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ESRA19-0023 Anaesthetic challenges for a rare case of a parturient with paramyotonia congenita and terminal filum lipoma presenting for labour and caesarean section under epidural anaesthesia
  1. WS Siow1 and
  2. A Chiew2
  1. 1SingHealth Anaesthesiology Residency Programme, Anaesthesiology, Singapore
  2. 2National Healthcare Group Anaesthesiology Residency Programme, Anaesthesiology, Singapore


Background and aims Paramyotonia congenita (PMC) is a genetic condition characterized by weakness exacerbated by exercise or cold and is also often associated with potassium-related muscle weakness. Intraspinal filum terminale lipomas can sometimes cause tethered spinal cord syndrome and may first present during childbirth by fetal head compression, positioning or epidural itself.

Results This is a 33-year-old full term parturient with clinically diagnosed PMC and terminal filum lipoma extending from L2 to sacrum with unremarkable pre-anaesthetic assessment. She underwent a plain early epidural for labour analgesia at L3/L4, which was successfully topped up for an emergency caesarean section for failure to progress. Normothermia and normokalaemia was ensured. However, she developed a 3-day prolonged paraparesis which was expectantly managed for normokalaemic periodic paralysis and self-resolved. An urgent MRI scan excluded any acute space occupying lesion.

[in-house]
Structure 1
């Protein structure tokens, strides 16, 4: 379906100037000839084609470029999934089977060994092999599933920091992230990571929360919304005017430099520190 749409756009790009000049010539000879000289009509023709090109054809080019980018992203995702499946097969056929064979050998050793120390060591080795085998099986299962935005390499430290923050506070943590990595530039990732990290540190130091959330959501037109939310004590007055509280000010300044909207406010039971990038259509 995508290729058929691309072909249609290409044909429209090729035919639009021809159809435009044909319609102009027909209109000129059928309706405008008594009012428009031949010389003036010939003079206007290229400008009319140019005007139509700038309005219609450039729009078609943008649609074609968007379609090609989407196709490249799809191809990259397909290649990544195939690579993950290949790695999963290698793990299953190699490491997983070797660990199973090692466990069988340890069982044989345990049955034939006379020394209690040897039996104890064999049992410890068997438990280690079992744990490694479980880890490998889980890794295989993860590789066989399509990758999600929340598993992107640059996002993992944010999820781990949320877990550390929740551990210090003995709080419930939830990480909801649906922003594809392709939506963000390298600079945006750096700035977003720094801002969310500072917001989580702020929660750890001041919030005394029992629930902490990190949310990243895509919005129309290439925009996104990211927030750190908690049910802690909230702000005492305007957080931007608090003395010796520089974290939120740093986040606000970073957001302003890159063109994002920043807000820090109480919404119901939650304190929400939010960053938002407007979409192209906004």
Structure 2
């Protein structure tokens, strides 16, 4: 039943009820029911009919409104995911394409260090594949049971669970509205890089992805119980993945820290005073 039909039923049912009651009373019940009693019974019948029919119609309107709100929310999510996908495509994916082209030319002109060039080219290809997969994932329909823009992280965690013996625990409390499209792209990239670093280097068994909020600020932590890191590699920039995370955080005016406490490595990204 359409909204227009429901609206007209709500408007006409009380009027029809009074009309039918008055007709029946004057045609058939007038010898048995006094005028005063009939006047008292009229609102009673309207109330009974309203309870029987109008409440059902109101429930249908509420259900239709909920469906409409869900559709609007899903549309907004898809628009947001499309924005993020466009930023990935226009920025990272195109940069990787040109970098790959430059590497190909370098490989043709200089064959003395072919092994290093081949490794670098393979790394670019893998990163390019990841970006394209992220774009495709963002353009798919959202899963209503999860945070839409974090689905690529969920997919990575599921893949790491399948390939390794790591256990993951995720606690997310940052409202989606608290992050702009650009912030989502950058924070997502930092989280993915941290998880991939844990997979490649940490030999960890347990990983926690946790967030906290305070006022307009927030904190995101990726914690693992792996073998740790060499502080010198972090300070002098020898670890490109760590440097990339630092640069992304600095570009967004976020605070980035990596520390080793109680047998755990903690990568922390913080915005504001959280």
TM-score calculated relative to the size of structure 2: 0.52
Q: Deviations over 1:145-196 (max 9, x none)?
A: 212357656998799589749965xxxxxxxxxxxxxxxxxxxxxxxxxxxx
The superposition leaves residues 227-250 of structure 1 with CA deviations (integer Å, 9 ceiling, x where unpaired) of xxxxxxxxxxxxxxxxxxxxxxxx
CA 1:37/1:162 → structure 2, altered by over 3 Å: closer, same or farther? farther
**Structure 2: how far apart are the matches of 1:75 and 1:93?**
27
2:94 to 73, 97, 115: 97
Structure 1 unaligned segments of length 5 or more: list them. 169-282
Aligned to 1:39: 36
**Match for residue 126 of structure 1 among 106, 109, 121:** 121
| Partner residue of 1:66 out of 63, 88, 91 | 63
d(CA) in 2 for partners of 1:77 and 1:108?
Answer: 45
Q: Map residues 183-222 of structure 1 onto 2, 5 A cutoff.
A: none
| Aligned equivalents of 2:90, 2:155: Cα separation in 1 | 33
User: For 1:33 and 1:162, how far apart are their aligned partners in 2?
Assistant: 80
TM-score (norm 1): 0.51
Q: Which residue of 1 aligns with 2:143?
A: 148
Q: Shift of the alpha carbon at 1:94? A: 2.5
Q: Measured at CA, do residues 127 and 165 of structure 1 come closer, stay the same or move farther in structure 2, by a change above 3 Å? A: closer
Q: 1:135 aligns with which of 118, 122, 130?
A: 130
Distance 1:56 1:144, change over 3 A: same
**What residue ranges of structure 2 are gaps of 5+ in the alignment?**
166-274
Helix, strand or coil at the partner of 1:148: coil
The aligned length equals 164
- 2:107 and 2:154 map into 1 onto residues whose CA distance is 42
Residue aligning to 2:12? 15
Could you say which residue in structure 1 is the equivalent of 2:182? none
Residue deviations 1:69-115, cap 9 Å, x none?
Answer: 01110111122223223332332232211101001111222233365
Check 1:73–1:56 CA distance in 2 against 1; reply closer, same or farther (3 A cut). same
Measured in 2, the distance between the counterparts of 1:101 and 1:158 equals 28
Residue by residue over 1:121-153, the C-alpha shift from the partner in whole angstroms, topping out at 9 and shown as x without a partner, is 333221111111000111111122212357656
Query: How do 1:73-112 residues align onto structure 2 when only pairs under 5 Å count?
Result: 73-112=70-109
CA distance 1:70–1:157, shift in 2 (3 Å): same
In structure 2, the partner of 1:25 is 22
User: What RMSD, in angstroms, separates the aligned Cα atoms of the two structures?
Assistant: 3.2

Conclusions Our challenge lies in the lack of information and time. Our first encounter was in a semi-emergency setting on labour induction, wherein our patient had declined antepartum muscle biopsies and MRI scans. In view of a strong clinical diagnosis of PMC, we prepared for a range of muscle-related risks, e.g. cold or exercise/shivering induced myotonias, potassium-related metabolic abnormalities, rhabdomyolysis and malignant hyperthermia. Regional anaesthesia was preferred over general anaesthesia to avoid volatiles, suxamethonium and neostigmine. Tethered cord syndrome may be due to a more low-lying and posteriorly displaced cord. If associated, a plain low epidural is preferred with extensive counselling for increased risk of nerve injury. Ultimately, an early multidisciplinary approach with extra vigilance to complications is paramount.

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